I don’t write with themes in mind – they seem to appear after the fact. And usually someone else points them out to me. Often, I don’t feel responsible for what I write, the story just comes out. That it might have a theme or underlying “truth”…that’s just my subconscious I guess.
But I am always intrigued by lit mag contests and issues that feature themes. And very excited when something I have written falls within the scope of that theme and especially if it is chosen for publication.
That has happened with my story Shakespeare’s Garden. It has just been published in the July issue of r.kv.r.y.
At AWP in February, I met Mary Akers, a fiction author (Women Up on Blocks) and the publisher of the elegant and thoughtful online lit magazine r.kv.r.y. After reading more about the magazine, and looking over my stories, I thought Shakespeare’s Garden would be a good fit. I’m thrilled that Mary and her editors agreed!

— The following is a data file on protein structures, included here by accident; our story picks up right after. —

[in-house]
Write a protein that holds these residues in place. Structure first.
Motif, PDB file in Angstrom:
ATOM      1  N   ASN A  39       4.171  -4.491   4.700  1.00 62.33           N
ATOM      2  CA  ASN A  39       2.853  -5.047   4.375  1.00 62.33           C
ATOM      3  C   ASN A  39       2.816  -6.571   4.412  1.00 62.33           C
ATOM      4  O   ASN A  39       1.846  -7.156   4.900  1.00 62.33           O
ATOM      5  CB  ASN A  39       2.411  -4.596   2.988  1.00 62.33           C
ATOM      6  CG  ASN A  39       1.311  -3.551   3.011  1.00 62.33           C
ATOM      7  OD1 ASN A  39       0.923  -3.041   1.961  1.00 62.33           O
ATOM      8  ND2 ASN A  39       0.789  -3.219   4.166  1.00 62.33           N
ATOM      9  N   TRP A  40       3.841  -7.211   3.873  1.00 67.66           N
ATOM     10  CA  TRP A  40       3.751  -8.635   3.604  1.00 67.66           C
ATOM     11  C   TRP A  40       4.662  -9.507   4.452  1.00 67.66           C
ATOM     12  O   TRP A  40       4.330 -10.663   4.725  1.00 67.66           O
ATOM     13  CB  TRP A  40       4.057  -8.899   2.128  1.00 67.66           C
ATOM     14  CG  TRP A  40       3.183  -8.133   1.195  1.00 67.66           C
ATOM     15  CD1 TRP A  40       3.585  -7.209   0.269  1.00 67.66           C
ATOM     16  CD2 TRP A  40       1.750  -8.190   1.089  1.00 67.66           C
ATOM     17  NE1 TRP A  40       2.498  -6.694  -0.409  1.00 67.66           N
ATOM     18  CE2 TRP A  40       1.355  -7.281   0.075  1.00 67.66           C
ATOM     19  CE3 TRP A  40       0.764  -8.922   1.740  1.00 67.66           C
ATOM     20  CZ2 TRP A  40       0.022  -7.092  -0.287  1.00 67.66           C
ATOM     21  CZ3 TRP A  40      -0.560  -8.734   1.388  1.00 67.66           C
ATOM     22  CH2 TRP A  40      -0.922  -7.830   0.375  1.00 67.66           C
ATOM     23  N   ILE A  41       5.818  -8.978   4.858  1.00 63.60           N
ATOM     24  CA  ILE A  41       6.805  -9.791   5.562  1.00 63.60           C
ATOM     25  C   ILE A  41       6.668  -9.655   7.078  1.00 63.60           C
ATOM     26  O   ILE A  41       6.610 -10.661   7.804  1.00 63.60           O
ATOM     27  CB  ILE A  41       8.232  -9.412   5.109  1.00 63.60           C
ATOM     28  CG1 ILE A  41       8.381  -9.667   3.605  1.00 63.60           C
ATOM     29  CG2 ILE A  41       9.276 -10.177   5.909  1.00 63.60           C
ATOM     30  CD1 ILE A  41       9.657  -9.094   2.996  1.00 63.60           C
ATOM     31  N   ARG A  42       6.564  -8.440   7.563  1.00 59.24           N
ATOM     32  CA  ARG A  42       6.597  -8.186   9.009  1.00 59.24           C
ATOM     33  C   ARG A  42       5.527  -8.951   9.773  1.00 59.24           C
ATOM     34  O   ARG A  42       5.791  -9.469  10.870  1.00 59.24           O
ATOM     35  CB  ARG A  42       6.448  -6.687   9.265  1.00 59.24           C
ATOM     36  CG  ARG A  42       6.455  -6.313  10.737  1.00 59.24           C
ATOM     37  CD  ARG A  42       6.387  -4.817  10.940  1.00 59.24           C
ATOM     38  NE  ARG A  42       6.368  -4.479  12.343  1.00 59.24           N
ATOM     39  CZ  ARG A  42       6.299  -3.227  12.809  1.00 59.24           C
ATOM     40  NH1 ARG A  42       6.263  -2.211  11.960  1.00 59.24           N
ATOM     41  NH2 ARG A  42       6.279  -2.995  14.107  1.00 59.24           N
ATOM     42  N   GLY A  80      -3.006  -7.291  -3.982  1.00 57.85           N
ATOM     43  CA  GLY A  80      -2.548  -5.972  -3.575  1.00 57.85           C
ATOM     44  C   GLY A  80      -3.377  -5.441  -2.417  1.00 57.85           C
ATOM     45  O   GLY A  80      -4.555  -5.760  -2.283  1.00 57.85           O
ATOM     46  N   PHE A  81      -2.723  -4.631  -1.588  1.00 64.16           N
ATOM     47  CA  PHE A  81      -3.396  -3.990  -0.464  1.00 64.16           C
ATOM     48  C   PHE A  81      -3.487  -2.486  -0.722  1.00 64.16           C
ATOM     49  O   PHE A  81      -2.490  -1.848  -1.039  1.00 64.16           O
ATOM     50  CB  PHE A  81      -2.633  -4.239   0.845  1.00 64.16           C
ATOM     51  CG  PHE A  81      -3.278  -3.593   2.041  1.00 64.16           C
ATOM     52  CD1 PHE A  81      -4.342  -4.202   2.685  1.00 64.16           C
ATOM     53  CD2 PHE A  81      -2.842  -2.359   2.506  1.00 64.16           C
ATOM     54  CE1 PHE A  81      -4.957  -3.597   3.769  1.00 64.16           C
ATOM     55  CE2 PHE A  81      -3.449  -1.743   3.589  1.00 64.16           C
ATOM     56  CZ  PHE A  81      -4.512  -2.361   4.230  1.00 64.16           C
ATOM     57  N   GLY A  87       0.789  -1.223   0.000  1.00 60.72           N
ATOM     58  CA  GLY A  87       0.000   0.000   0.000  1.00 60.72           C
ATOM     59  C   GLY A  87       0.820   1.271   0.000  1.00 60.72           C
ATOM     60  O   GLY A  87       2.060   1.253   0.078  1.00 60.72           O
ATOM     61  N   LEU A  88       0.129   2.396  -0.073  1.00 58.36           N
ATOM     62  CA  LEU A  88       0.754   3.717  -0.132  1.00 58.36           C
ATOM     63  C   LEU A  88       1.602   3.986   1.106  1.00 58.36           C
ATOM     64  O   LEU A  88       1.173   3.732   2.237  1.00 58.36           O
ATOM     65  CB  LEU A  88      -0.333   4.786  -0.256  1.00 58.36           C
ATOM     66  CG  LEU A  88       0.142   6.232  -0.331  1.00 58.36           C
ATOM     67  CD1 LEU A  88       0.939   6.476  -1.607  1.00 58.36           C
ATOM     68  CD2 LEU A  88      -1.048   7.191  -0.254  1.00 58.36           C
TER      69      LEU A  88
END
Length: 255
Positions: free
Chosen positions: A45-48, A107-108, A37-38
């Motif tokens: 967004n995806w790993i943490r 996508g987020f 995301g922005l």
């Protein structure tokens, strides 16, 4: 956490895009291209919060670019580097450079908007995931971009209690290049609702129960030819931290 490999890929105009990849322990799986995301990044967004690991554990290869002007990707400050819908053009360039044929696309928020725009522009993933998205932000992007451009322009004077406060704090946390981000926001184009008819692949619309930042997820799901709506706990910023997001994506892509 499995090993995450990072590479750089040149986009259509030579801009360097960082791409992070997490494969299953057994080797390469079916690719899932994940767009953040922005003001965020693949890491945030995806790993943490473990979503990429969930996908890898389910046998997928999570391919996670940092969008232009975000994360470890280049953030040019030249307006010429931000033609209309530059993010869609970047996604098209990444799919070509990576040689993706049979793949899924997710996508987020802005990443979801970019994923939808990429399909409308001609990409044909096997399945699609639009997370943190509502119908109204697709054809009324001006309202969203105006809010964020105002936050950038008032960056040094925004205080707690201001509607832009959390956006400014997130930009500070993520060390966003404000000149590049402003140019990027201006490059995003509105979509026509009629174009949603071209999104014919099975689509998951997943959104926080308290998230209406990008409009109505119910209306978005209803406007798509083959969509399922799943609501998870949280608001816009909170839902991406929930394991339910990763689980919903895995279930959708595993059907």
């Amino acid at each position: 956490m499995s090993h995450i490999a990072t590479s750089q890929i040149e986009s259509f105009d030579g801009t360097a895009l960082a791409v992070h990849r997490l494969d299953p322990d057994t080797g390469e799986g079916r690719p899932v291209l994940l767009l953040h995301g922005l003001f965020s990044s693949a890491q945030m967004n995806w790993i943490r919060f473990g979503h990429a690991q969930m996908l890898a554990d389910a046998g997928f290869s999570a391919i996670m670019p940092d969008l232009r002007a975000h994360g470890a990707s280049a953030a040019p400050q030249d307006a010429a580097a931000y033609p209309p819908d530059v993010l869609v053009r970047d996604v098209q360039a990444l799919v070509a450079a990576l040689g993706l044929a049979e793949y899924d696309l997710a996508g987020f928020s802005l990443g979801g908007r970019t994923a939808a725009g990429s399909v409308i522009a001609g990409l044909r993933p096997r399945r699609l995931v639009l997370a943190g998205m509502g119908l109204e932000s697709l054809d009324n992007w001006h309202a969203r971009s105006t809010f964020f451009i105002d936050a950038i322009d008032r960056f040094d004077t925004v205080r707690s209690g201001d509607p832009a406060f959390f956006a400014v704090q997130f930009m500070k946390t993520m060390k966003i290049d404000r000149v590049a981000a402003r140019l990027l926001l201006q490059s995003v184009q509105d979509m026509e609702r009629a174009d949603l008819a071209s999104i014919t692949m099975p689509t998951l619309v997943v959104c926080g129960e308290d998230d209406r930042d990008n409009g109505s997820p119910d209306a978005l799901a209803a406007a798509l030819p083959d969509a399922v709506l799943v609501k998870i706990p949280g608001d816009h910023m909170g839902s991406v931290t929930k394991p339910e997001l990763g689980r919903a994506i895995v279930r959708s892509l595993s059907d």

I hadn’t thought of my story in terms of “recovery,” but reading the description of the magazine, it was as if I’d written the story to spec.
From the site:
r.kv.r.y. – comes from the dictionary definition of the word recovery: an act, process, or instance of recovering; a return to normal conditions; something gained or restored in recovering; obtaining usable substances from unusable sources.
To me, the recovery that happens in Shakespeare’s Garden isn’t the gentleman who suffers the stroke and learns to live with it. It’s his wife, who must learn to live with a life of shattered expectations. Something many of us can identify with, especially as we grow older and wonder “what could have been” or “if only”…
Reading the other stories and poems in the July issue of r.kv.r.y. displays just how broadly the term “recovery” can be applied.
I urge you to explore this and other issues of r.kv.r.y. Leave a comment to let me know what you think!